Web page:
Amalgamation will be at the top of the agenda for Illawarra councils today as mayors from up and down the coast meet to discuss the idea at an urban development conference.
The Wollongong, Shellharbour, Kiama and Shoalhaven mayors will attend a NSW Urban Development Institute event at the Novotel Northbeach to discuss how they will deal with new developments as the region's population balloons in coming decades.
They will speak to about 100 industry representatives including planners, engineers, contractors and real estate agents, along with major players such as Lend Lease, Stockland and Warrigal Care.
Wollongong Lord Mayor Gordon Bradbery said amalgamation was a hot topic for the conference because investors paid no attention to council boundaries.
"Developers just don't look at one council, they look at us as a region and assess us in terms of the number of people who occupy the space between, for example, Helensburgh and Gerringong," he said.
"Just because we put a little line on the map, they are not going to change their markets, so that's why councils have to work together."
Cr Bradbery said he was more open to the idea of merging than his southern counterparts but Kiama Mayor Brian Petschler and Shellharbour Mayor Marianne Saliba both reaffirmed their strong stance against a forced amalgamation of any kind.
While Cr Bradbery commended existing collaboration between the councils through the Southern Councils Group, he said the region could do better.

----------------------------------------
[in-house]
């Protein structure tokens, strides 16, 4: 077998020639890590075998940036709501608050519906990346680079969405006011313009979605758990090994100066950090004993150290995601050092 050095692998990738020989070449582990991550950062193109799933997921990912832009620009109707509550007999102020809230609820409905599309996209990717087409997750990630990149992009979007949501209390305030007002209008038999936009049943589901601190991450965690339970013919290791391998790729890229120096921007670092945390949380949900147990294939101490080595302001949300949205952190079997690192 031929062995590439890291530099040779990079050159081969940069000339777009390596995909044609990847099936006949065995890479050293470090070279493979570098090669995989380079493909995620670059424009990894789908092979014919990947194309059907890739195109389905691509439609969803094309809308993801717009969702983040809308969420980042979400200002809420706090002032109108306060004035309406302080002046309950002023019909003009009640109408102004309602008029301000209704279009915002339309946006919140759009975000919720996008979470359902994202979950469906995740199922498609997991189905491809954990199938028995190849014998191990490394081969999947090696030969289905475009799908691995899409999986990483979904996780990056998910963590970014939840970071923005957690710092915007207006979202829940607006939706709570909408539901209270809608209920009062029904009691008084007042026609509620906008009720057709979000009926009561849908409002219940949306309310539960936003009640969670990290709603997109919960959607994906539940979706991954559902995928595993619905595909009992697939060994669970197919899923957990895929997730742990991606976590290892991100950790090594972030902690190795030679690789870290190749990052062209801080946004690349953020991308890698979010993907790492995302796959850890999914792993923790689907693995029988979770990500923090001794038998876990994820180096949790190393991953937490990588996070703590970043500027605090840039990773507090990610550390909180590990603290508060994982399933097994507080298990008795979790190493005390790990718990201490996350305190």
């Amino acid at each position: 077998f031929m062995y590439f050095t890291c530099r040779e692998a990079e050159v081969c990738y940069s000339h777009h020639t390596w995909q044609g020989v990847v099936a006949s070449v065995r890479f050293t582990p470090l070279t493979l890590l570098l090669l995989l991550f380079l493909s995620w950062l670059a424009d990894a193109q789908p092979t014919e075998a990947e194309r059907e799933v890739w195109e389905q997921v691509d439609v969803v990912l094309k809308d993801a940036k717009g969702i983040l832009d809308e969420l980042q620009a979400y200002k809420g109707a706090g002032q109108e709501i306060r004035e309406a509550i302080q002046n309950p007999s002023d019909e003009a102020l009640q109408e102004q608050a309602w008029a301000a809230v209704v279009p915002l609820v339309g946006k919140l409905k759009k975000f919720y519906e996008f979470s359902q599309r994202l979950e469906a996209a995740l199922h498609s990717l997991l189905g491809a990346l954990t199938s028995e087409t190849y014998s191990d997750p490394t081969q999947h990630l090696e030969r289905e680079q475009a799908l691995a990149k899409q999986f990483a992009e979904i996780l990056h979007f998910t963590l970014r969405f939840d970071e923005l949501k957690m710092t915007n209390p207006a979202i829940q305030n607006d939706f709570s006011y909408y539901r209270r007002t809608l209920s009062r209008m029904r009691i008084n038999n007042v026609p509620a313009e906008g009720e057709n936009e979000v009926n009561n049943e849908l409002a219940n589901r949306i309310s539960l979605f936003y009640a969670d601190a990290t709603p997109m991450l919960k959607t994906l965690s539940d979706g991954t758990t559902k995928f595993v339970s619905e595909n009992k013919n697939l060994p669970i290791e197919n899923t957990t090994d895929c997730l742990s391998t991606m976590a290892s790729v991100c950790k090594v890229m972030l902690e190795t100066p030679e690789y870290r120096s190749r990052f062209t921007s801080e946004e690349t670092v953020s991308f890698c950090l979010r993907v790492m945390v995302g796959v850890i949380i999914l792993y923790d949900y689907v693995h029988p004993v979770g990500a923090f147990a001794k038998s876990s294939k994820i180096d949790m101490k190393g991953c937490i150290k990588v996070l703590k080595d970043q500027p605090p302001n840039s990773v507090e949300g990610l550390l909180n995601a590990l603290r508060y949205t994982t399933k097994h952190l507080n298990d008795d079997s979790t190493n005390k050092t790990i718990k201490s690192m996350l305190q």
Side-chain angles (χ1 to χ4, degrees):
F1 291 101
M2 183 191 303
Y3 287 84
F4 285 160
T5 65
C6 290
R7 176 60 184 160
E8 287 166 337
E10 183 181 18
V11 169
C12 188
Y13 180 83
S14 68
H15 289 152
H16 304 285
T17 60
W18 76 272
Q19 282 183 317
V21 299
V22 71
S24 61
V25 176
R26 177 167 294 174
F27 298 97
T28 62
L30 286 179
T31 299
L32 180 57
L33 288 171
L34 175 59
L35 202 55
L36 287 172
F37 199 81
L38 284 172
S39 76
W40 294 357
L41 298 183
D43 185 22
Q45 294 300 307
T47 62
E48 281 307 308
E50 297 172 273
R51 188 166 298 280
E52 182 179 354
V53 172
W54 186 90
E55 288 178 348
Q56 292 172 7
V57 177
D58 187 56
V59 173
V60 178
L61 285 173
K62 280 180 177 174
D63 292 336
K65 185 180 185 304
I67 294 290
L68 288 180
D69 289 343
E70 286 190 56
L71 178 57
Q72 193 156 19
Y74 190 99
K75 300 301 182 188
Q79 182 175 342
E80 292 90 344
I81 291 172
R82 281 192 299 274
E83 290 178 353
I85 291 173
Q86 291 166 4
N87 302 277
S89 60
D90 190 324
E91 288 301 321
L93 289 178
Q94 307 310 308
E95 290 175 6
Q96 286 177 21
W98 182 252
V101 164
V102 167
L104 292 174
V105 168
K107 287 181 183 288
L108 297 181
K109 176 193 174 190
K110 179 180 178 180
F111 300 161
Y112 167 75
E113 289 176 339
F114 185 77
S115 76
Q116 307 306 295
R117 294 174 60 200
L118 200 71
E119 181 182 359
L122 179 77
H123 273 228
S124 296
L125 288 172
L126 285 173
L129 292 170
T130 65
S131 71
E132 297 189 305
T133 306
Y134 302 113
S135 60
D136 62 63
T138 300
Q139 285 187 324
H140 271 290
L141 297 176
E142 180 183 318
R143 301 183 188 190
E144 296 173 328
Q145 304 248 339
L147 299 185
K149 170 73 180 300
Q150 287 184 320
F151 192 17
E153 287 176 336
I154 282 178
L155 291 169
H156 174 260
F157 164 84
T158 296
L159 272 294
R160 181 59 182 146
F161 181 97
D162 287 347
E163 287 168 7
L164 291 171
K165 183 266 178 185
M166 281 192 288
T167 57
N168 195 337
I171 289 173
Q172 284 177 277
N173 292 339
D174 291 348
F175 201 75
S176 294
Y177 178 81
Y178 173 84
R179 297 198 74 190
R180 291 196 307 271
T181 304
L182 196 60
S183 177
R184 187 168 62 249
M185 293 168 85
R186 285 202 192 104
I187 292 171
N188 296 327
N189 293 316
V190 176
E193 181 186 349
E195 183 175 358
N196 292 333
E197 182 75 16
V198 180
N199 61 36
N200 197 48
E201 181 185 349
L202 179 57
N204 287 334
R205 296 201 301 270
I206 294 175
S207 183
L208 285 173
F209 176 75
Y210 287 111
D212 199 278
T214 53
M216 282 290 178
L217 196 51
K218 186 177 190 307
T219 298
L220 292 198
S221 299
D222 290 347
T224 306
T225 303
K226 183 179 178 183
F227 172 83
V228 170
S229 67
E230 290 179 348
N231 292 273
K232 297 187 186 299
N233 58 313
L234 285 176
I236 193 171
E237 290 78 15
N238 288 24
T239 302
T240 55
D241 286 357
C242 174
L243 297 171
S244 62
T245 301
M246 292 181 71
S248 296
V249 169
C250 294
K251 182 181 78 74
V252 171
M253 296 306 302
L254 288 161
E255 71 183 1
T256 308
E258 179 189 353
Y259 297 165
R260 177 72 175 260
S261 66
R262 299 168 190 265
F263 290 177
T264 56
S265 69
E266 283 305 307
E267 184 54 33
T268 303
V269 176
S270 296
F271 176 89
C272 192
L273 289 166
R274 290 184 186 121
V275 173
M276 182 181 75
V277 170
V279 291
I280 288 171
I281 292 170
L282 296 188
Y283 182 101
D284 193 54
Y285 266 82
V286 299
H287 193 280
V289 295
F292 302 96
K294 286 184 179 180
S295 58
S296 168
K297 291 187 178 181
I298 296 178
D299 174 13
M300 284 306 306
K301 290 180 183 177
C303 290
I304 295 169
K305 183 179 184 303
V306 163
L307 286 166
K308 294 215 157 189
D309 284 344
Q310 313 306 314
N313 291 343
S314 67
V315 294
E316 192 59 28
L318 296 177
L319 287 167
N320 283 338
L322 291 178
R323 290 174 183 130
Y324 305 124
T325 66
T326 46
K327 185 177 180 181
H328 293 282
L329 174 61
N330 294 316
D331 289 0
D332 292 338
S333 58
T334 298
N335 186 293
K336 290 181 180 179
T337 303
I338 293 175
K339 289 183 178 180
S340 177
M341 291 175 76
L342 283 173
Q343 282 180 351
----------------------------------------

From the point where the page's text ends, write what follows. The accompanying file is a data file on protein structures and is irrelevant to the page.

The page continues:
"I'm more open to amalgamation but there's not much point in me pushing that position unless I've got other people who are ready and willing to do so," he said.
"I don't think there's an appetite for amalgamation [by other councils] and, if that's the case, I think collaboration is the way to go."
Cr Petschler said his council rejected the idea of a merger because the region's councils already worked together in a number of ways.
"In this area, we think there are much better ways to proceed forward and we have demonstrated that in the whole region," he said.
"We have a very active regional group of councils, which does a number of things collectively. For instance, we have a noxious weeds program for Kiama, Shellharbour and Wollongong and us and Shellharbour share maintenance equipment. There are many other things we could look at in the future, which would allow each council to retain its autonomy and maintain its local character and flavour while still achieving efficiencies and functional benefits."
Cr Saliba agreed, saying she wanted to work closely with neighbouring areas to reduce costs and share services without merging.
"Our cities and local government areas are quite diverse and we need to maintain our autonomy."
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